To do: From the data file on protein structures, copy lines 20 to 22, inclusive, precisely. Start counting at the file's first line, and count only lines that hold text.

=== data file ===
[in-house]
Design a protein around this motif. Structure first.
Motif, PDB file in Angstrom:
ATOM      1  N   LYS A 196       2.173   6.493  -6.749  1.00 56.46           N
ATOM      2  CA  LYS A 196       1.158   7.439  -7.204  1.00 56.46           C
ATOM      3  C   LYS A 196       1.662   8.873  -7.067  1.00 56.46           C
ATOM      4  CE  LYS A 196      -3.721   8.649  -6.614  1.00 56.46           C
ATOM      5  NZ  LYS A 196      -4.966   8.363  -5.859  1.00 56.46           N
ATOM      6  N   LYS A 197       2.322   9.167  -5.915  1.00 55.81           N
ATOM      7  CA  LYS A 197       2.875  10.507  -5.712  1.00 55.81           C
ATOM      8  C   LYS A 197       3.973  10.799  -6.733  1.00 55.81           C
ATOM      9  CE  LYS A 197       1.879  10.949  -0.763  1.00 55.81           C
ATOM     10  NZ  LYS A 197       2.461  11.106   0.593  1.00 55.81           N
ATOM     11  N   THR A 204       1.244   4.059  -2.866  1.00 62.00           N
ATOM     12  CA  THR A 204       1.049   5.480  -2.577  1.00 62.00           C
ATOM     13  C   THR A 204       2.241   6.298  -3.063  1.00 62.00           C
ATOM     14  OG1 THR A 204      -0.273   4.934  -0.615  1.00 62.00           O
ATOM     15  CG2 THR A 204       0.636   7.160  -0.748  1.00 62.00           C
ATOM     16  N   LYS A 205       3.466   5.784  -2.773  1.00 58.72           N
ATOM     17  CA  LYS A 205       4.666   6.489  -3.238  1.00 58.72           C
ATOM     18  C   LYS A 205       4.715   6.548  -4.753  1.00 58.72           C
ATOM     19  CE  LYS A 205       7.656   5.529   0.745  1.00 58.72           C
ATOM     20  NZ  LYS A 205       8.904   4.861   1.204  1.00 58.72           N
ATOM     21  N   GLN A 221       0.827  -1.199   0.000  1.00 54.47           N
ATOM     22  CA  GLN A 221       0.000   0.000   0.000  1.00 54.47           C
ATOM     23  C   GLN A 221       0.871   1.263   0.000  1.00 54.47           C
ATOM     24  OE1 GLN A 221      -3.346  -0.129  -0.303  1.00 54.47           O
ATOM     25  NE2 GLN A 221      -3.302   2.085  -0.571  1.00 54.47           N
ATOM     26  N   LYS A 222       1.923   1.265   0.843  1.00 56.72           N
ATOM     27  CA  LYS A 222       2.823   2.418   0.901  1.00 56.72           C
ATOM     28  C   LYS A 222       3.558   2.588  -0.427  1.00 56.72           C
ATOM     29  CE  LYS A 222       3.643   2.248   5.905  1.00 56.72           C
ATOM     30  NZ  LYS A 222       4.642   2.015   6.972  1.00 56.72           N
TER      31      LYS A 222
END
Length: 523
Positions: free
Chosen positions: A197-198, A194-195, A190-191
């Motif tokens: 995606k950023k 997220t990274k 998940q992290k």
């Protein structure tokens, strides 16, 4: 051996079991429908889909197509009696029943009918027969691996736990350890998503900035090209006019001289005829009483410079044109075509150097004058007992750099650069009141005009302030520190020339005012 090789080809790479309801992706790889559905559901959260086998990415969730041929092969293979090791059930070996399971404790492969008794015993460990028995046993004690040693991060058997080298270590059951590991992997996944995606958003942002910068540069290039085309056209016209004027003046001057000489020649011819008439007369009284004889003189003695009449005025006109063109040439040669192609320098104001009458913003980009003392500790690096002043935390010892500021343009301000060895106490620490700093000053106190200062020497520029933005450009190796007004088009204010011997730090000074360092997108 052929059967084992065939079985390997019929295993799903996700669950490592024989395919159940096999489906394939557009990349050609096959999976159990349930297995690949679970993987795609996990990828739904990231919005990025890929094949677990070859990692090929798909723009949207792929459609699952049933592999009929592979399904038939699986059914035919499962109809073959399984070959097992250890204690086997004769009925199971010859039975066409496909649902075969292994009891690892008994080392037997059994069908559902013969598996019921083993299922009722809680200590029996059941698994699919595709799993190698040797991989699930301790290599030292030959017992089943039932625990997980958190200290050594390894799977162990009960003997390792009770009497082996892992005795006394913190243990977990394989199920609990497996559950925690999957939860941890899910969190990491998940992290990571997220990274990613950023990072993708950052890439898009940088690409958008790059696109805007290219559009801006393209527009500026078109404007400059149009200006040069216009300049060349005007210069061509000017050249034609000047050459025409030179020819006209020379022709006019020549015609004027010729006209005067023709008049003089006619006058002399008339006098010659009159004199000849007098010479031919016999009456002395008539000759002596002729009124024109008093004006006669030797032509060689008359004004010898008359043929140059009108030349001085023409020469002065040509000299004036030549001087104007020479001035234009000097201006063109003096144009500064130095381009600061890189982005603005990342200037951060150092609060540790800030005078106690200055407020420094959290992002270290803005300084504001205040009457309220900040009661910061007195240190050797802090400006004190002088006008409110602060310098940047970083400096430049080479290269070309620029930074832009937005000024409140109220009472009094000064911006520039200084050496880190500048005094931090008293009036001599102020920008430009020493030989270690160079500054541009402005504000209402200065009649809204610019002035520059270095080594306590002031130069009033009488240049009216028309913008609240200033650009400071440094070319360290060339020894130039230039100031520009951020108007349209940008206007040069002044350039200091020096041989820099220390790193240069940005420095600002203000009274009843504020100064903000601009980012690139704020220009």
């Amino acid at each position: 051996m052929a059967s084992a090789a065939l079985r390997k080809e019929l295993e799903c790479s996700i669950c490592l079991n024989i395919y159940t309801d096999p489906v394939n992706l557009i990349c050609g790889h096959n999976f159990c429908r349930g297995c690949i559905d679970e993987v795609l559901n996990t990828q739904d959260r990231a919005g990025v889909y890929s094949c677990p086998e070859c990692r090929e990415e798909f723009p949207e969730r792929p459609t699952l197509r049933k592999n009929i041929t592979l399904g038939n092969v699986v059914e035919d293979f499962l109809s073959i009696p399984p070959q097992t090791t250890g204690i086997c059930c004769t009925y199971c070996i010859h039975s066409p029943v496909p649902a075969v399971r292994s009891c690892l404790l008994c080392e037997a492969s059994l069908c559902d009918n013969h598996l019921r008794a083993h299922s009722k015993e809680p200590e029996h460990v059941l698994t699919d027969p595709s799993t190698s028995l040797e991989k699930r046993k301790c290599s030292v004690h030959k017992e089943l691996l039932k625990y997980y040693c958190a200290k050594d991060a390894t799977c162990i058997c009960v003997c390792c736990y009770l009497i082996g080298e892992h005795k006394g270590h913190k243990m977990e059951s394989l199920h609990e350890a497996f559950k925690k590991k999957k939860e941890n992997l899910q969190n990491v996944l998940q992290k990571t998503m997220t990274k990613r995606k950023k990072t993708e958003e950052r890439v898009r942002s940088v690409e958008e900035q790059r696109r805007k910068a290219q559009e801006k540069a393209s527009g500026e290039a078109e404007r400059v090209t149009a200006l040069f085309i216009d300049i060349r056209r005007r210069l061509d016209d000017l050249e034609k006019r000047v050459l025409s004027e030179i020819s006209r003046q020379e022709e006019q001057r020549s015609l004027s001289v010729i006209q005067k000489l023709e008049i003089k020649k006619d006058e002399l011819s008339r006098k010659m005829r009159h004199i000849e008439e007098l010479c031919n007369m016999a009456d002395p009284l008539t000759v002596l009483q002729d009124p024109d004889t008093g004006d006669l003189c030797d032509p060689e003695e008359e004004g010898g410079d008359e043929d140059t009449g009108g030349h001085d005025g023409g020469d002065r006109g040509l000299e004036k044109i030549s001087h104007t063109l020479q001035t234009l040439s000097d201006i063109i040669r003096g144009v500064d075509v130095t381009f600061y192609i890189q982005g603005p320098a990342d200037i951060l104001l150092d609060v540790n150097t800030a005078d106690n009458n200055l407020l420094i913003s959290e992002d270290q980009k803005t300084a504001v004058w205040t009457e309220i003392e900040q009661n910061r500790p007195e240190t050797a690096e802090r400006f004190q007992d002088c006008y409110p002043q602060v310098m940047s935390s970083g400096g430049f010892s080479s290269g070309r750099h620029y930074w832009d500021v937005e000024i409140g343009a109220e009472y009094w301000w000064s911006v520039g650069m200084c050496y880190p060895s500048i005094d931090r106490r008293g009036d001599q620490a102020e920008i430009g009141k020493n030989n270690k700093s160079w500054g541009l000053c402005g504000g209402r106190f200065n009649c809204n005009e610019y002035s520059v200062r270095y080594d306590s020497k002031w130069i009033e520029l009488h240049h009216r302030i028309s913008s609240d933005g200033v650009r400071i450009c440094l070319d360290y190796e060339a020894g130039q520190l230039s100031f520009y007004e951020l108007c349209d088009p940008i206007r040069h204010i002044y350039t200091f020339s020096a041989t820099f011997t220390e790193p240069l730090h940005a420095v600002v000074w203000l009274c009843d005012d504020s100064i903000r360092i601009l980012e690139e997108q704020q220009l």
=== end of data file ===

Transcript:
ATOM     17  CA  LYS A 205       4.666   6.489  -3.238  1.00 58.72           C
ATOM     18  C   LYS A 205       4.715   6.548  -4.753  1.00 58.72           C
ATOM     19  CE  LYS A 205       7.656   5.529   0.745  1.00 58.72           C